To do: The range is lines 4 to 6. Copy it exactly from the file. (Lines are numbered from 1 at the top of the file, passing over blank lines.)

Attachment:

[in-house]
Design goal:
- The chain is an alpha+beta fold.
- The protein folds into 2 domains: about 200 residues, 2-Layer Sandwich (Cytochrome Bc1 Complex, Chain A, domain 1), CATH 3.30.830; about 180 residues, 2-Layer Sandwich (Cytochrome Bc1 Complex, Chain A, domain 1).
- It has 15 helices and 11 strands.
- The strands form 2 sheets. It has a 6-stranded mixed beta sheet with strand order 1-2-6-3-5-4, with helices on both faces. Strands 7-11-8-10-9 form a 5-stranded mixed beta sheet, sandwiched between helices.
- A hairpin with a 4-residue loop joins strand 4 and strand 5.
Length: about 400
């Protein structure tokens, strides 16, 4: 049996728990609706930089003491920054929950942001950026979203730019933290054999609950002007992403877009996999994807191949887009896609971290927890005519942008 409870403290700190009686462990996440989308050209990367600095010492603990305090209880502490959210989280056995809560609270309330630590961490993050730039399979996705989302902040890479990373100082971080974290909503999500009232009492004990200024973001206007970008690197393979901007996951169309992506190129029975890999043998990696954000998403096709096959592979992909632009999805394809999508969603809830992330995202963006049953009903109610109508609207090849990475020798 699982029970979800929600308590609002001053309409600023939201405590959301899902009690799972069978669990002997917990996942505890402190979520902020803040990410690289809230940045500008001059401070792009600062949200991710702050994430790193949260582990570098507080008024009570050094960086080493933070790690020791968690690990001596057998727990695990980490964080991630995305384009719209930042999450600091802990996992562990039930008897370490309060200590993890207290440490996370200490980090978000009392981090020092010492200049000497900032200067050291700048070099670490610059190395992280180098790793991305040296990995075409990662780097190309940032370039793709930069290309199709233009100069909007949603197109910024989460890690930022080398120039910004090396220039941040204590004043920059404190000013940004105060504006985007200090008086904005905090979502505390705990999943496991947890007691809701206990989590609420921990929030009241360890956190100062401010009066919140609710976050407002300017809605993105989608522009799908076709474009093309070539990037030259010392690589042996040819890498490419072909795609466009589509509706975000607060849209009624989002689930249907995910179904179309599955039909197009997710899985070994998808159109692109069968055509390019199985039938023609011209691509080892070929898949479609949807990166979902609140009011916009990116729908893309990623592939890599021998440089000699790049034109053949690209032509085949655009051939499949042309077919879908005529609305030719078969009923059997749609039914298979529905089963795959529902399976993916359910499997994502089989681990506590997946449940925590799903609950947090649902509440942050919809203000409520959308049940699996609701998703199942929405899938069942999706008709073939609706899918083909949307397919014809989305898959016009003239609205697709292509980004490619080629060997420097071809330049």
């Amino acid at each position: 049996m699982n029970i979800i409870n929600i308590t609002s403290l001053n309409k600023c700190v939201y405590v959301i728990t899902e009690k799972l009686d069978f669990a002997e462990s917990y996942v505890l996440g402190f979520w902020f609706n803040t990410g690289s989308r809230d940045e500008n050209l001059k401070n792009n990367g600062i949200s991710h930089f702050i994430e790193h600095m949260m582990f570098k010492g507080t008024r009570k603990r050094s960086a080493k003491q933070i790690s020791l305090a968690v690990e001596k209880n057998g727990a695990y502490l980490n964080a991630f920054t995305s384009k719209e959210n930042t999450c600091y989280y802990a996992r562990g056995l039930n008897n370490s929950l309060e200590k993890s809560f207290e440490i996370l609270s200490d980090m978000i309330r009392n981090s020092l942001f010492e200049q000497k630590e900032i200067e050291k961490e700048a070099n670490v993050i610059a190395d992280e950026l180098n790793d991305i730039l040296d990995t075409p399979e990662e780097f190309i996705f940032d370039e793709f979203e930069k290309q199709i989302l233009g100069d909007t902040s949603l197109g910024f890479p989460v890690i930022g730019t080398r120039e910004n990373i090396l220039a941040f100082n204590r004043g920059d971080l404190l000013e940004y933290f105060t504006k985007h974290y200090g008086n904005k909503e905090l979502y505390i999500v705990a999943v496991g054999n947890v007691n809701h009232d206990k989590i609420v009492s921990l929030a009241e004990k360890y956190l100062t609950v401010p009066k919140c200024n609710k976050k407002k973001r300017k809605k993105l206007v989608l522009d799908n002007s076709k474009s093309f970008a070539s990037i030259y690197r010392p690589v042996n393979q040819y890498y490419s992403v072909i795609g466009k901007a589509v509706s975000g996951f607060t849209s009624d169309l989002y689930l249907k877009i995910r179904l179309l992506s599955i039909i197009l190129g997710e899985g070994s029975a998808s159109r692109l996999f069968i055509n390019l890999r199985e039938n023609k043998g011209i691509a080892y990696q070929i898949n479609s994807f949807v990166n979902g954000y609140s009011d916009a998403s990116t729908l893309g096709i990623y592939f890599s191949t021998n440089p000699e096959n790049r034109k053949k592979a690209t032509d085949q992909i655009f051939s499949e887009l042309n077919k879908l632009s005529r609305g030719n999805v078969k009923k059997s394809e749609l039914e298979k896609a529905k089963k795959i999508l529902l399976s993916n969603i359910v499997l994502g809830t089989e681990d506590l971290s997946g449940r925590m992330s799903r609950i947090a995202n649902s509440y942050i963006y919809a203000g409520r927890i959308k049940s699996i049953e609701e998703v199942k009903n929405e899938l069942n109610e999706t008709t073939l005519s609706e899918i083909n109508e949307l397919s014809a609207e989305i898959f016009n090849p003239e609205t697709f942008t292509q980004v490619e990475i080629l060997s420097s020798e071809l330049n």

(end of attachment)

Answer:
- The protein folds into 2 domains: about 200 residues, 2-Layer Sandwich (Cytochrome Bc1 Complex, Chain A, domain 1), CATH 3.30.830; about 180 residues, 2-Layer Sandwich (Cytochrome Bc1 Complex, Chain A, domain 1).
- It has 15 helices and 11 strands.
- The strands form 2 sheets. It has a 6-stranded mixed beta sheet with strand order 1-2-6-3-5-4, with helices on both faces. Strands 7-11-8-10-9 form a 5-stranded mixed beta sheet, sandwiched between helices.